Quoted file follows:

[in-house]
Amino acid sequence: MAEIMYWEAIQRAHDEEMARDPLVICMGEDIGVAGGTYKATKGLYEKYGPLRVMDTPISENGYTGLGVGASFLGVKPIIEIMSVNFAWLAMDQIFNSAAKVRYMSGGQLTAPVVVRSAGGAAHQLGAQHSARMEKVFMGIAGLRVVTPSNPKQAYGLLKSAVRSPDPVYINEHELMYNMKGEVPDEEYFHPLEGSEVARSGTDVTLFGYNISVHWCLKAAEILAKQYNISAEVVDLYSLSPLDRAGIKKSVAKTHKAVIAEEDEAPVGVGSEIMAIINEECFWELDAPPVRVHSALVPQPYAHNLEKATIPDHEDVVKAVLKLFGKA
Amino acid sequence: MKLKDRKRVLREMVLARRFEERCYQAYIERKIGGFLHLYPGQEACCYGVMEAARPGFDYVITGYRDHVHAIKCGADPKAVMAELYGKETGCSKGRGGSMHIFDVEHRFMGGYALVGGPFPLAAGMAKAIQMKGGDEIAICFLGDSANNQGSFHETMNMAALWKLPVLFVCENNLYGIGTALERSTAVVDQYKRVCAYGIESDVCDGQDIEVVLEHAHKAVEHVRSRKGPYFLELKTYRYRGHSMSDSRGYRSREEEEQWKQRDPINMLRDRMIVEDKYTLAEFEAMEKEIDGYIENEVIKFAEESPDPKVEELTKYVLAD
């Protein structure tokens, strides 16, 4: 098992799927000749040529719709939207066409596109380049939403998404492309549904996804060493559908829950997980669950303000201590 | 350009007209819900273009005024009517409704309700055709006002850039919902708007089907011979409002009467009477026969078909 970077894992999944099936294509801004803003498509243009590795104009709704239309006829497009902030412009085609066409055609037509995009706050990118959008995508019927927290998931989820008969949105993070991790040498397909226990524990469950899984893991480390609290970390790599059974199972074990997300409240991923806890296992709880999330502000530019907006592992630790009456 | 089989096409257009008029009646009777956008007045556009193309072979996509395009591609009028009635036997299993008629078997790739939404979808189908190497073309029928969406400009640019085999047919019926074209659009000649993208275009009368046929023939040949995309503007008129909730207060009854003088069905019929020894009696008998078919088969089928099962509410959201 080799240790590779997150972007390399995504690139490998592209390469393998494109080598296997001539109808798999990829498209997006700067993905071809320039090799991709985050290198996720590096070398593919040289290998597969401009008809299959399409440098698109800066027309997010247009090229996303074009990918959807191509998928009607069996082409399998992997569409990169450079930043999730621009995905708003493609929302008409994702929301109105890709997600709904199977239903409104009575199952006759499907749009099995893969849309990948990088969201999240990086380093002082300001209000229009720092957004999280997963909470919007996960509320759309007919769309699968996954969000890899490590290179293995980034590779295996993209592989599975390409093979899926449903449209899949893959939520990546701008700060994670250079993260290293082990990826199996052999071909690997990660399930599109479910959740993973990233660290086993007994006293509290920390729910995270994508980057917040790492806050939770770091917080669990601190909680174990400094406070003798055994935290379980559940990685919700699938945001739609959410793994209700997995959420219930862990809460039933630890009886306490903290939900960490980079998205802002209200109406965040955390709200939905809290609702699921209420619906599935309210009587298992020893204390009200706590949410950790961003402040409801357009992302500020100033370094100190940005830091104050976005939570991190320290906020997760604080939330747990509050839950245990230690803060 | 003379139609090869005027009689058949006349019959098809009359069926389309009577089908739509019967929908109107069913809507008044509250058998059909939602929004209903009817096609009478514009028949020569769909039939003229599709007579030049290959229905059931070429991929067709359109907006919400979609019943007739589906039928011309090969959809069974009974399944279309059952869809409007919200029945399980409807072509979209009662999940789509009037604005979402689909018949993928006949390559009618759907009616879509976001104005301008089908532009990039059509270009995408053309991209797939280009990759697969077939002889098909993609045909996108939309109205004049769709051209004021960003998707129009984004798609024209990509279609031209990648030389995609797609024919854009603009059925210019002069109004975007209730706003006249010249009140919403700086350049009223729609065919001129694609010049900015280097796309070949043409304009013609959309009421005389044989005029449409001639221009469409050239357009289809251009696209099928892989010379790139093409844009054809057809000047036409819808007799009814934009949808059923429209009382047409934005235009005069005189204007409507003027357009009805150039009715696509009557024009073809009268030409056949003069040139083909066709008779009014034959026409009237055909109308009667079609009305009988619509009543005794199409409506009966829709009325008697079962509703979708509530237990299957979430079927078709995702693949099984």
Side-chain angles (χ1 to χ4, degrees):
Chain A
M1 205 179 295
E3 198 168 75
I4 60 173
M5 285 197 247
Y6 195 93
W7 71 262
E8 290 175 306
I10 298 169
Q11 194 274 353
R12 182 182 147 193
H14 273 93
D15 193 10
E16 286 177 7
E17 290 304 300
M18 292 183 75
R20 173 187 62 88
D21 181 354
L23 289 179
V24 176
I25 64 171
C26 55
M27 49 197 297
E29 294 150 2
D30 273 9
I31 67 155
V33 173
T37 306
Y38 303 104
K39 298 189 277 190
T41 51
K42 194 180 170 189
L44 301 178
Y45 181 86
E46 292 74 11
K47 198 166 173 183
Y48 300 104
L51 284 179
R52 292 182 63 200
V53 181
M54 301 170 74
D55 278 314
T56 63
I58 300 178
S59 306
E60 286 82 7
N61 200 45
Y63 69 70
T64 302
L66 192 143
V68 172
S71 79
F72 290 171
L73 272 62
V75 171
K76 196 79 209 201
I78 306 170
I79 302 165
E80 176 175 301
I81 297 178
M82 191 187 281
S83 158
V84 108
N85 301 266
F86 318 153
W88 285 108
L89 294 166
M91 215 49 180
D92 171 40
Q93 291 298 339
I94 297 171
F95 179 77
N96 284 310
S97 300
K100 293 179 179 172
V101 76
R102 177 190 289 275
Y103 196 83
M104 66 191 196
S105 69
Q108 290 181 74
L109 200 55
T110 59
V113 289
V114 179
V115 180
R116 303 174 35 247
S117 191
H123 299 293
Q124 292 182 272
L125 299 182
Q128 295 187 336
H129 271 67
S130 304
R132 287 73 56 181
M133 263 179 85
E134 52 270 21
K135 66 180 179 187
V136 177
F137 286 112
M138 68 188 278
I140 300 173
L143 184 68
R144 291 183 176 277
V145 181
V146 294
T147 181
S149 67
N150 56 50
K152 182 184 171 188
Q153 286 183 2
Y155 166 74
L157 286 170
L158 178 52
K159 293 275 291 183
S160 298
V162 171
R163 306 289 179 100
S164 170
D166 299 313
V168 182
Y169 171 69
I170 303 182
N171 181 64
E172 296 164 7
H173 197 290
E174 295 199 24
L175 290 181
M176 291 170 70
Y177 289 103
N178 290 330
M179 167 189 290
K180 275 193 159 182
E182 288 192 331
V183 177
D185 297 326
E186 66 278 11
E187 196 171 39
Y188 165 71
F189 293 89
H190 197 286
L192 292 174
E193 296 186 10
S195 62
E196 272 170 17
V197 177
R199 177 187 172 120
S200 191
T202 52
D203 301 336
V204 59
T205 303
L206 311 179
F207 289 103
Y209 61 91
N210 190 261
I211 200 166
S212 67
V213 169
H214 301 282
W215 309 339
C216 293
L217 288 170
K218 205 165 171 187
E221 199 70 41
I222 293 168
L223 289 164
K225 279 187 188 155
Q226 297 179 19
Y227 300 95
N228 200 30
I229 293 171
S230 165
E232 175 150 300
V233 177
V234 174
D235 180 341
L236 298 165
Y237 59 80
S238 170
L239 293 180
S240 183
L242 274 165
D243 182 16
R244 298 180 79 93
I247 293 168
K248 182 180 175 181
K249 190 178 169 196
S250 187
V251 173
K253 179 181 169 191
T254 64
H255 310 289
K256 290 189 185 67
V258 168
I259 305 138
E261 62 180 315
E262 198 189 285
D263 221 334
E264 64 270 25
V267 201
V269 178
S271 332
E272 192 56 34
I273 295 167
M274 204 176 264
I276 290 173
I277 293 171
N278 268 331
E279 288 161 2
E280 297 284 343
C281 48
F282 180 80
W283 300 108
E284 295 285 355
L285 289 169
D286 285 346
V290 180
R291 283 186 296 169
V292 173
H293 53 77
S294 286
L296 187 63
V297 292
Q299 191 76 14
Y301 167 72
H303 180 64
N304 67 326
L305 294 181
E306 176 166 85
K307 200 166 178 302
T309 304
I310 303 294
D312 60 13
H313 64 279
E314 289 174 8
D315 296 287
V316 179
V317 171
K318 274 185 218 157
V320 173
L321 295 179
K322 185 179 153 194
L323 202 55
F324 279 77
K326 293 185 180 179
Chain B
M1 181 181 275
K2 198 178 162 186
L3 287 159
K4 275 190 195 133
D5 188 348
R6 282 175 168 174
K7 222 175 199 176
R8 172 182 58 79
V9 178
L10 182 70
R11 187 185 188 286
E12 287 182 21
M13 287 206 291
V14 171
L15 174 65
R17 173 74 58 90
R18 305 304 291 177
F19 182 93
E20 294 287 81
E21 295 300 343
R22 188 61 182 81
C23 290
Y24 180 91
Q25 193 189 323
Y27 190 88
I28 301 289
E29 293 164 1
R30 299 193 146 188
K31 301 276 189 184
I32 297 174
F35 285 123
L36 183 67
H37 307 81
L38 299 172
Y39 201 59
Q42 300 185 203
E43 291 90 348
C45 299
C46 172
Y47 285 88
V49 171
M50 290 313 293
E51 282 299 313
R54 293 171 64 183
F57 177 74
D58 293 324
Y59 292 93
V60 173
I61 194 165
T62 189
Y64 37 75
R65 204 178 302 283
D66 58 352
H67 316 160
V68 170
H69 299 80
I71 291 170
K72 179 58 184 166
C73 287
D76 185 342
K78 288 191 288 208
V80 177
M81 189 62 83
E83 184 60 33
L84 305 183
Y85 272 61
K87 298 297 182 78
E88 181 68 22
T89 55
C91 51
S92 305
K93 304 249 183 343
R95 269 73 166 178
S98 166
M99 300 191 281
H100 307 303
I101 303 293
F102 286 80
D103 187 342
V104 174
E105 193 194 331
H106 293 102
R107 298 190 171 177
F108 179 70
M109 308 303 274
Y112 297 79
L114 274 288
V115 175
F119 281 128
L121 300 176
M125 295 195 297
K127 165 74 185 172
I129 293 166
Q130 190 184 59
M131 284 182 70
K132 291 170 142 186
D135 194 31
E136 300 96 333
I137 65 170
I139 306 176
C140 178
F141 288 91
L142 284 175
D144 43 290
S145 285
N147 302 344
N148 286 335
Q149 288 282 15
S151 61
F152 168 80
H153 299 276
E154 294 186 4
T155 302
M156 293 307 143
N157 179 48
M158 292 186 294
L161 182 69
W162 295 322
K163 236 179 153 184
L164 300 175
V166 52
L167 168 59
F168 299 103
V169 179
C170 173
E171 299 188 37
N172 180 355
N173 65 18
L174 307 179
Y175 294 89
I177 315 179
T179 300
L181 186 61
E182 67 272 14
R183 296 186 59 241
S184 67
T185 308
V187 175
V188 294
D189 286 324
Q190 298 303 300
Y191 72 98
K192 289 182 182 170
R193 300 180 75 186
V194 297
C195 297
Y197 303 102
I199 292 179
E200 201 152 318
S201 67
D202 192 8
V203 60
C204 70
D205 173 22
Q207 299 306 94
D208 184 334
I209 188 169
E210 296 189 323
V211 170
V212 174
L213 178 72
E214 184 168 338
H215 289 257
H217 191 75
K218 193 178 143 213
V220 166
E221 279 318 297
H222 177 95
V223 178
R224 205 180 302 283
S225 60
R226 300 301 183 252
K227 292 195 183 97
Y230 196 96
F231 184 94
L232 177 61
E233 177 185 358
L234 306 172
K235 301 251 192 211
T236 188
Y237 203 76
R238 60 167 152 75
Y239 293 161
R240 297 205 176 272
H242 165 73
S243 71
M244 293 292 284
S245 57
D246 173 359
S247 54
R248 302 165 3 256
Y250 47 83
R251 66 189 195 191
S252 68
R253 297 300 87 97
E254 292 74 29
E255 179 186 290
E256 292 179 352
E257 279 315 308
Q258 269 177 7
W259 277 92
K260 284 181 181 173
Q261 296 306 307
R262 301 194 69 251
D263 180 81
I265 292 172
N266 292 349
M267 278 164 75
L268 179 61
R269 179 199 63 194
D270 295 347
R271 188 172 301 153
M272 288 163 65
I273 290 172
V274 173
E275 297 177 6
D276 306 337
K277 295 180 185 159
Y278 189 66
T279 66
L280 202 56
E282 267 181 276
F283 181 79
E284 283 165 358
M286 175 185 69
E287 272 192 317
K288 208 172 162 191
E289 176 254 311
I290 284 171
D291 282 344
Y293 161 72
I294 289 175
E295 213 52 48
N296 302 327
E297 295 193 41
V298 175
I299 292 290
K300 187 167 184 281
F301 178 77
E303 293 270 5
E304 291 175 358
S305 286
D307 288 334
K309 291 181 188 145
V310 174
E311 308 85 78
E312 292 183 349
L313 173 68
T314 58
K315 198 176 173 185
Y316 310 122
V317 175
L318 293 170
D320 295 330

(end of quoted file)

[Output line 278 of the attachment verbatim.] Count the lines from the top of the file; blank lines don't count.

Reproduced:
I28 301 289